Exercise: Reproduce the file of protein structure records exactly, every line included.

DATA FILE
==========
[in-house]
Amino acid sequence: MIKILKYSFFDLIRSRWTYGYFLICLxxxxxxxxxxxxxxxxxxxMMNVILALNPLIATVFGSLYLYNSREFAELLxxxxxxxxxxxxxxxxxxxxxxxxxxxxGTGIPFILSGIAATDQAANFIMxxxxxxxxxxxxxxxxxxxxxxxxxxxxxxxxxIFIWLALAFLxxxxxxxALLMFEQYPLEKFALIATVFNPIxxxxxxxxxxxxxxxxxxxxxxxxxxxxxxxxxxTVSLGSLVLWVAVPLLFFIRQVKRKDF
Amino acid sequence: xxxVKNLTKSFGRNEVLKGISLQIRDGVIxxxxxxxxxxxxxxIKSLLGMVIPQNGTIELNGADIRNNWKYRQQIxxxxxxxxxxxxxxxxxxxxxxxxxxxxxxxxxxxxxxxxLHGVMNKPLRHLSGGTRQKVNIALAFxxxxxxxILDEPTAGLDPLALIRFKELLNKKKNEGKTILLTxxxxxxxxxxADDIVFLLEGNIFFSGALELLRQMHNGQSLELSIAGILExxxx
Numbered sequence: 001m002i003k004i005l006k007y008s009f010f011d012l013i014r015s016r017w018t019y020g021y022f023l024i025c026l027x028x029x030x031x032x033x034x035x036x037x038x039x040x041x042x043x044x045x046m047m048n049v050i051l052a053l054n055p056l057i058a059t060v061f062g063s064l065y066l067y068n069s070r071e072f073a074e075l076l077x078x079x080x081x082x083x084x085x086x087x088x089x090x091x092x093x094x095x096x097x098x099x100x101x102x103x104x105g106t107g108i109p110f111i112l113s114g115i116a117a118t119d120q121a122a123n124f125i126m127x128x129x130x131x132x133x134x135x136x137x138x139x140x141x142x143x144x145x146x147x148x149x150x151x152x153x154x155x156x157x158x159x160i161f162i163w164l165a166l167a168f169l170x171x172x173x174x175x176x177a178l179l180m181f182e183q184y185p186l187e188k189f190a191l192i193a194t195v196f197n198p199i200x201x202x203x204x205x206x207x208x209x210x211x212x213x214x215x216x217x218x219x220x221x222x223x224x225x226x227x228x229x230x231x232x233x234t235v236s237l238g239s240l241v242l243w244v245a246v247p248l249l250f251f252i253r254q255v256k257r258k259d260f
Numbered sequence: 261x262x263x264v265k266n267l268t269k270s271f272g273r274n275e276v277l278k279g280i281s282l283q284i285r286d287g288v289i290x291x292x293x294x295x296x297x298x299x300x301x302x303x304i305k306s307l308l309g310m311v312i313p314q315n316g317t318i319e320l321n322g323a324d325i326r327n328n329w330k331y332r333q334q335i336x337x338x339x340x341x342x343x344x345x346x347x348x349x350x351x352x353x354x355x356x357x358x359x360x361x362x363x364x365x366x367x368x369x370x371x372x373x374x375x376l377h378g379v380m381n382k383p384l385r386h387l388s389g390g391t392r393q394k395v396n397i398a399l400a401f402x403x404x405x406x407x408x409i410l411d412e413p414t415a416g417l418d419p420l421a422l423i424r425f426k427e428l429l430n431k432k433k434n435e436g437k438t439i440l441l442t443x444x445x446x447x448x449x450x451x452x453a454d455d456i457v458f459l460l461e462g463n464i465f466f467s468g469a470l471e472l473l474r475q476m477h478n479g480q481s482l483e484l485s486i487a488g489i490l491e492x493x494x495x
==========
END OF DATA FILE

[in-house]
Amino acid sequence: MIKILKYSFFDLIRSRWTYGYFLICLxxxxxxxxxxxxxxxxxxxMMNVILALNPLIATVFGSLYLYNSREFAELLxxxxxxxxxxxxxxxxxxxxxxxxxxxxGTGIPFILSGIAATDQAANFIMxxxxxxxxxxxxxxxxxxxxxxxxxxxxxxxxxIFIWLALAFLxxxxxxxALLMFEQYPLEKFALIATVFNPIxxxxxxxxxxxxxxxxxxxxxxxxxxxxxxxxxxTVSLGSLVLWVAVPLLFFIRQVKRKDF
Amino acid sequence: xxxVKNLTKSFGRNEVLKGISLQIRDGVIxxxxxxxxxxxxxxIKSLLGMVIPQNGTIELNGADIRNNWKYRQQIxxxxxxxxxxxxxxxxxxxxxxxxxxxxxxxxxxxxxxxxLHGVMNKPLRHLSGGTRQKVNIALAFxxxxxxxILDEPTAGLDPLALIRFKELLNKKKNEGKTILLTxxxxxxxxxxADDIVFLLEGNIFFSGALELLRQMHNGQSLELSIAGILExxxx
Numbered sequence: 001m002i003k004i005l006k007y008s009f010f011d012l013i014r015s016r017w018t019y020g021y022f023l024i025c026l027x028x029x030x031x032x033x034x035x036x037x038x039x040x041x042x043x044x045x046m047m048n049v050i051l052a053l054n055p056l057i058a059t060v061f062g063s064l065y066l067y068n069s070r071e072f073a074e075l076l077x078x079x080x081x082x083x084x085x086x087x088x089x090x091x092x093x094x095x096x097x098x099x100x101x102x103x104x105g106t107g108i109p110f111i112l113s114g115i116a117a118t119d120q121a122a123n124f125i126m127x128x129x130x131x132x133x134x135x136x137x138x139x140x141x142x143x144x145x146x147x148x149x150x151x152x153x154x155x156x157x158x159x160i161f162i163w164l165a166l167a168f169l170x171x172x173x174x175x176x177a178l179l180m181f182e183q184y185p186l187e188k189f190a191l192i193a194t195v196f197n198p199i200x201x202x203x204x205x206x207x208x209x210x211x212x213x214x215x216x217x218x219x220x221x222x223x224x225x226x227x228x229x230x231x232x233x234t235v236s237l238g239s240l241v242l243w244v245a246v247p248l249l250f251f252i253r254q255v256k257r258k259d260f
Numbered sequence: 261x262x263x264v265k266n267l268t269k270s271f272g273r274n275e276v277l278k279g280i281s282l283q284i285r286d287g288v289i290x291x292x293x294x295x296x297x298x299x300x301x302x303x304i305k306s307l308l309g310m311v312i313p314q315n316g317t318i319e320l321n322g323a324d325i326r327n328n329w330k331y332r333q334q335i336x337x338x339x340x341x342x343x344x345x346x347x348x349x350x351x352x353x354x355x356x357x358x359x360x361x362x363x364x365x366x367x368x369x370x371x372x373x374x375x376l377h378g379v380m381n382k383p384l385r386h387l388s389g390g391t392r393q394k395v396n397i398a399l400a401f402x403x404x405x406x407x408x409i410l411d412e413p414t415a416g417l418d419p420l421a422l423i424r425f426k427e428l429l430n431k432k433k434n435e436g437k438t439i440l441l442t443x444x445x446x447x448x449x450x451x452x453a454d455d456i457v458f459l460l461e462g463n464i465f466f467s468g469a470l471e472l473l474r475q476m477h478n479g480q481s482l483e484l485s486i487a488g489i490l491e492x493x494x495x